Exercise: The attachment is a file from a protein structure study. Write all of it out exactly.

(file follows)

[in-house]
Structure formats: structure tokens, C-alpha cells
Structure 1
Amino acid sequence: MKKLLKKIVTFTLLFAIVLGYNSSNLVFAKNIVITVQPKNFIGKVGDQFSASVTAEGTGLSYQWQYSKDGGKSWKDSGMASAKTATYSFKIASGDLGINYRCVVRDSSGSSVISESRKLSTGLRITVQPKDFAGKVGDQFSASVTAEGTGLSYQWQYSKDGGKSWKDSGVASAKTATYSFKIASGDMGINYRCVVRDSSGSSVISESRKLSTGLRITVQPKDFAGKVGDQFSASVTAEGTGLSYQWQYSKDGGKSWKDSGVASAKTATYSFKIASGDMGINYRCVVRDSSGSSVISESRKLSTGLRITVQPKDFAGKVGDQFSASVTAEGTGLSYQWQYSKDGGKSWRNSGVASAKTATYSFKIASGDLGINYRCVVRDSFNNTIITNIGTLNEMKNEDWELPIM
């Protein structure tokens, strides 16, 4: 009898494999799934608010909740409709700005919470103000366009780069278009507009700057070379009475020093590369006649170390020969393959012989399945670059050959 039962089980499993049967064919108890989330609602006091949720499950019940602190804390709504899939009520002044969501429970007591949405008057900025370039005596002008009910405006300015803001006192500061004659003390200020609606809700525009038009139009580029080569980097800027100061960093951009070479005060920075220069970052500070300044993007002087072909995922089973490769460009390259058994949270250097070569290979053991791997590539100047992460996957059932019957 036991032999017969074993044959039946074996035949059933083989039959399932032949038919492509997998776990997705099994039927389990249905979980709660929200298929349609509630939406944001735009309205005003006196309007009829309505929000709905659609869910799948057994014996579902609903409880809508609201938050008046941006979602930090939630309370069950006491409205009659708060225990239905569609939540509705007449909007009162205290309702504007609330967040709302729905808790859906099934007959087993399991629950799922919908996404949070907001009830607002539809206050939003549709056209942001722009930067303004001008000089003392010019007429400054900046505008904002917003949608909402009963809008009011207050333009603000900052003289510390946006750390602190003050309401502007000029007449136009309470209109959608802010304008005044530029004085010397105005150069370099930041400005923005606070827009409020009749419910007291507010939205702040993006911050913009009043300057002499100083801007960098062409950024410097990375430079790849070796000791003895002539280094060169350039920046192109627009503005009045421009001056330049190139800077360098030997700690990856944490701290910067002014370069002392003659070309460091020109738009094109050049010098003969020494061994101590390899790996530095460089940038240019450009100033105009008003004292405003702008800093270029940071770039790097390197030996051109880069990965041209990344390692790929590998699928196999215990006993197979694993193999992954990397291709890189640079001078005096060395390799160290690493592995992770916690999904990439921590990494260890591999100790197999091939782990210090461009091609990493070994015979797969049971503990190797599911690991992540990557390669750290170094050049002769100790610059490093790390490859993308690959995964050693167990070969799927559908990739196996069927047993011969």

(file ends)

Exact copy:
[in-house]
Structure formats: structure tokens, C-alpha cells
Structure 1
Amino acid sequence: MKKLLKKIVTFTLLFAIVLGYNSSNLVFAKNIVITVQPKNFIGKVGDQFSASVTAEGTGLSYQWQYSKDGGKSWKDSGMASAKTATYSFKIASGDLGINYRCVVRDSSGSSVISESRKLSTGLRITVQPKDFAGKVGDQFSASVTAEGTGLSYQWQYSKDGGKSWKDSGVASAKTATYSFKIASGDMGINYRCVVRDSSGSSVISESRKLSTGLRITVQPKDFAGKVGDQFSASVTAEGTGLSYQWQYSKDGGKSWKDSGVASAKTATYSFKIASGDMGINYRCVVRDSSGSSVISESRKLSTGLRITVQPKDFAGKVGDQFSASVTAEGTGLSYQWQYSKDGGKSWRNSGVASAKTATYSFKIASGDLGINYRCVVRDSFNNTIITNIGTLNEMKNEDWELPIM
């Protein structure tokens, strides 16, 4: 009898494999799934608010909740409709700005919470103000366009780069278009507009700057070379009475020093590369006649170390020969393959012989399945670059050959 039962089980499993049967064919108890989330609602006091949720499950019940602190804390709504899939009520002044969501429970007591949405008057900025370039005596002008009910405006300015803001006192500061004659003390200020609606809700525009038009139009580029080569980097800027100061960093951009070479005060920075220069970052500070300044993007002087072909995922089973490769460009390259058994949270250097070569290979053991791997590539100047992460996957059932019957 036991032999017969074993044959039946074996035949059933083989039959399932032949038919492509997998776990997705099994039927389990249905979980709660929200298929349609509630939406944001735009309205005003006196309007009829309505929000709905659609869910799948057994014996579902609903409880809508609201938050008046941006979602930090939630309370069950006491409205009659708060225990239905569609939540509705007449909007009162205290309702504007609330967040709302729905808790859906099934007959087993399991629950799922919908996404949070907001009830607002539809206050939003549709056209942001722009930067303004001008000089003392010019007429400054900046505008904002917003949608909402009963809008009011207050333009603000900052003289510390946006750390602190003050309401502007000029007449136009309470209109959608802010304008005044530029004085010397105005150069370099930041400005923005606070827009409020009749419910007291507010939205702040993006911050913009009043300057002499100083801007960098062409950024410097990375430079790849070796000791003895002539280094060169350039920046192109627009503005009045421009001056330049190139800077360098030997700690990856944490701290910067002014370069002392003659070309460091020109738009094109050049010098003969020494061994101590390899790996530095460089940038240019450009100033105009008003004292405003702008800093270029940071770039790097390197030996051109880069990965041209990344390692790929590998699928196999215990006993197979694993193999992954990397291709890189640079001078005096060395390799160290690493592995992770916690999904990439921590990494260890591999100790197999091939782990210090461009091609990493070994015979797969049971503990190797599911690991992540990557390669750290170094050049002769100790610059490093790390490859993308690959995964050693167990070969799927559908990739196996069927047993011969």